Windows 10 to get wireless file sharing, Edge mute tab

JC Torres - Nov 9, 2017
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Windows 10 to get wireless file sharing, Edge mute tab

One of the good things about Microsoft’s new “Windows as a Service” thrust is that you don’t have to wait for ages before you can get your hands on significant new features. Sure, you might have to wait a year or even just half for the next Windows 10 update, but that’s still lots faster than previous Windows versions. The Fall Creators Update was just released a month ago and fans will probably already be looking forward to the next one, which brings offline file sharing and more functionality to the Edge web browser.

You really shouldn’t have to resort to roundabout cloud file sharing just to quickly send a file to someone already near you. Nor should you have to bend over backward to set up an ad hoc network for the same purpose. This day and age, almost all devices are equipped with Bluetooth and it’s high time that we take advantage of it.

File sharing via Bluetooth has actually been around for a long time, but it has never really been easy. Definitely not as easy as Apple’s famed AirDrop. Now everyone is finally following suit, and “Near Share” is Microsoft’s version of it. Testers of the Windows 10 Insider Preview Build 17035 will see a new Action Center toggle for Near Share. Once enabled, apps like Photos, Edge or even File Explorer will feature a new Share option that will let you, well, share a file with nearby devices. Of course, such devices need to also have Near Share turned on.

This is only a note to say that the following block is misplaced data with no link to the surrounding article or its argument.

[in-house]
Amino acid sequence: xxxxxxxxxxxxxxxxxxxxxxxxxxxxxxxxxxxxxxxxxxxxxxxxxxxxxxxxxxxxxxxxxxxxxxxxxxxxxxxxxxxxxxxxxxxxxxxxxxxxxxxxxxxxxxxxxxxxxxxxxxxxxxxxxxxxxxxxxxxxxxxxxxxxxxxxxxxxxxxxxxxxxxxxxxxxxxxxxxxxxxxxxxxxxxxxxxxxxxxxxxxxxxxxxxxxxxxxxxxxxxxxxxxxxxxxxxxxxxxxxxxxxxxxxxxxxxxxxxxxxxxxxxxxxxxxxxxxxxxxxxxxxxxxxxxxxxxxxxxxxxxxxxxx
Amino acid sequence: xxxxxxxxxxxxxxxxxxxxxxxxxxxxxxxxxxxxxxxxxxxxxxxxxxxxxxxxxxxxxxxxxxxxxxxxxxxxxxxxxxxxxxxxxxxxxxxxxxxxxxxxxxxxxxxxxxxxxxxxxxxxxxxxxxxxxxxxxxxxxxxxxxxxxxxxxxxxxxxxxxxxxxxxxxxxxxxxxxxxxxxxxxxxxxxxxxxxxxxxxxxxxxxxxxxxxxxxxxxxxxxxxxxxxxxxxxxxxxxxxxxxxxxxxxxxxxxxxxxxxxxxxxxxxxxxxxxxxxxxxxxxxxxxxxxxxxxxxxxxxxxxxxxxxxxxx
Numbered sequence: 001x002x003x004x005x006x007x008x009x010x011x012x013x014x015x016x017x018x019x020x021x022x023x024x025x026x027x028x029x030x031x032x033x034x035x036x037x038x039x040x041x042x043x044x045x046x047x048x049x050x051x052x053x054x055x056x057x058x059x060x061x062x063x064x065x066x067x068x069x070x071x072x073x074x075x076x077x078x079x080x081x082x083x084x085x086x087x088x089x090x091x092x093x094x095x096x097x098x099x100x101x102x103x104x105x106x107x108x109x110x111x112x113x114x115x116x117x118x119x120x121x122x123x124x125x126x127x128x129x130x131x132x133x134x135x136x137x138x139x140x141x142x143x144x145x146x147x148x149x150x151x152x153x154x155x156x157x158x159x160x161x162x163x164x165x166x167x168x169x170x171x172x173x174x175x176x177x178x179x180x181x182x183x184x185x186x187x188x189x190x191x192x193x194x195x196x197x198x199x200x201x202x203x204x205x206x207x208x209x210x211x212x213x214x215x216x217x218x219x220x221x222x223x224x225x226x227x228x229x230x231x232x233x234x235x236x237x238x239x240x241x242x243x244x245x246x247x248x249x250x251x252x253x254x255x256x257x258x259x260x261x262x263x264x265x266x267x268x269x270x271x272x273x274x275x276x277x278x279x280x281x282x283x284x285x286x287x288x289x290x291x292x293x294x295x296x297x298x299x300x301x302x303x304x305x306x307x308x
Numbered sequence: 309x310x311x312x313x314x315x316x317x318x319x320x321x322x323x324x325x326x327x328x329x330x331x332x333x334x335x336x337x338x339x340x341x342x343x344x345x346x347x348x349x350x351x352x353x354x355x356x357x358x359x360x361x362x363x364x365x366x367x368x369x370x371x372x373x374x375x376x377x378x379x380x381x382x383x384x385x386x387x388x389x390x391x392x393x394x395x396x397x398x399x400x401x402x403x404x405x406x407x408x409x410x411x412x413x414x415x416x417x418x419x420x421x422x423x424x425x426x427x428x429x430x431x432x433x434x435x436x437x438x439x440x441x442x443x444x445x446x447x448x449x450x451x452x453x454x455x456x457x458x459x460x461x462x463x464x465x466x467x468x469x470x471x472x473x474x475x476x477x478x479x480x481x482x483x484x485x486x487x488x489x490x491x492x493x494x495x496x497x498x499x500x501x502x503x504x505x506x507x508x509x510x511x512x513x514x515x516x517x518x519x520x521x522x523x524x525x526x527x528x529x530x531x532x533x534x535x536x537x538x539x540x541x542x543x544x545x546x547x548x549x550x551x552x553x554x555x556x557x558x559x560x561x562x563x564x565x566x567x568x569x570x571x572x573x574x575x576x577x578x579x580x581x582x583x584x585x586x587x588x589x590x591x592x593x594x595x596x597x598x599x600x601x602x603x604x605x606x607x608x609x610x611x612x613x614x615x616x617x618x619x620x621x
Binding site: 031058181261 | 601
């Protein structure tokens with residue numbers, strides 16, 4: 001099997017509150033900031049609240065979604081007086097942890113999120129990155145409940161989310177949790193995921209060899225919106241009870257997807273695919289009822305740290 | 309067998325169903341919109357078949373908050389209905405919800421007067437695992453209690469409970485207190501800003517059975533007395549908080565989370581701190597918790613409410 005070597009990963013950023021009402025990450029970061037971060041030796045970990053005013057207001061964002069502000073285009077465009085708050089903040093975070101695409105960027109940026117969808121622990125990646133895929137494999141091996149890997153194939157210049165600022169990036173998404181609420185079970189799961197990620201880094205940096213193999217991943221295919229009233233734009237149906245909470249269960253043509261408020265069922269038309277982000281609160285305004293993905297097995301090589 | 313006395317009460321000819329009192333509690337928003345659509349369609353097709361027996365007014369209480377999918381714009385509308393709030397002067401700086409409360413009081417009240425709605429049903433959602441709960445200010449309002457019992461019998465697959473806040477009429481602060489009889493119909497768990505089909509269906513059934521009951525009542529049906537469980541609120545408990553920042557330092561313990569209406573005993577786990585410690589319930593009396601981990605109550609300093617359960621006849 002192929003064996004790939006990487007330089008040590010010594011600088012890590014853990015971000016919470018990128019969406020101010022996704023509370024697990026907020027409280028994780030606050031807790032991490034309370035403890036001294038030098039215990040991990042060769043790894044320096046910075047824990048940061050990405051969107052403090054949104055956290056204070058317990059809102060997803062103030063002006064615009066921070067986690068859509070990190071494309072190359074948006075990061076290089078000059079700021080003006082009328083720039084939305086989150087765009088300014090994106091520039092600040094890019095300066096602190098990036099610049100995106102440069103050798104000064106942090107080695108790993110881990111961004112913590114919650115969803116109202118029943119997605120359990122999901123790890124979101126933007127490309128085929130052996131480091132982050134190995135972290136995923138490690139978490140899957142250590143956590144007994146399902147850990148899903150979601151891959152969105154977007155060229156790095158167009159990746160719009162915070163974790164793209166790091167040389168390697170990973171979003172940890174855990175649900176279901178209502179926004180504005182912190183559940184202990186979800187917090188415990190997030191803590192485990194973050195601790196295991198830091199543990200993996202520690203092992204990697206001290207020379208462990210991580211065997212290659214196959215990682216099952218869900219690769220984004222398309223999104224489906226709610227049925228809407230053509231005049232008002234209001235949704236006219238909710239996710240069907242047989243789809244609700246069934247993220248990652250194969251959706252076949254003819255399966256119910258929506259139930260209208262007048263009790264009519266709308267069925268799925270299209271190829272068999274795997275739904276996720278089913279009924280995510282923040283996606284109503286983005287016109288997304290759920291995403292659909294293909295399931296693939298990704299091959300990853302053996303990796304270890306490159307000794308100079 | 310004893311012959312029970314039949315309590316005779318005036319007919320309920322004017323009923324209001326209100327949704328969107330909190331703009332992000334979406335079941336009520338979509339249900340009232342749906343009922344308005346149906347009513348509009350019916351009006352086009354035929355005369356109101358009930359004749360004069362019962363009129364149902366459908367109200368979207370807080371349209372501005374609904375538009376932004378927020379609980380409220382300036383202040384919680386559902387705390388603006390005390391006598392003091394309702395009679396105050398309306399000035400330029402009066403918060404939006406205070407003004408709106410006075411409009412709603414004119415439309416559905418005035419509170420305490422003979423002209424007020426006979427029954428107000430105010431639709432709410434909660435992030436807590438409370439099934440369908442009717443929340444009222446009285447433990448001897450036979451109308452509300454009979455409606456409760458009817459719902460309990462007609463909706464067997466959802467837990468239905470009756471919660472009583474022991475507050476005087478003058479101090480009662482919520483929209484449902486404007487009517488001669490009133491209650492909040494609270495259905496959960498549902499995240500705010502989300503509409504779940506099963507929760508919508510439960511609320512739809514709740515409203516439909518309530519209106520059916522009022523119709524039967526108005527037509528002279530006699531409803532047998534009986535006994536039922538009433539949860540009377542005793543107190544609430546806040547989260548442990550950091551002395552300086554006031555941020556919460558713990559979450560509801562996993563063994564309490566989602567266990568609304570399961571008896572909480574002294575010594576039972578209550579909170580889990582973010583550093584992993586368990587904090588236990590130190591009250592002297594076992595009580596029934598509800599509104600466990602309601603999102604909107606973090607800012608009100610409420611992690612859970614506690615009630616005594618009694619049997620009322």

While Microsoft Edge still has a long way to catching up with the competition, it is slowly getting there and picking up new tricks along the way. One such trick is the ability to be an ebook reader. Instead of making its own reader, Microsoft simply reuses Edge for that purpose. As such, don’t be surprised to see a “Save EPUB” option when you’re reading a free ebook in Edge.

The latest preview also adds a Mute Tab option that will save you from embarrassing moments in public. If only it could have saved that Microsoft Engineer from having to install Chrome in the middle of a presentation.

SOURCE: Microsoft


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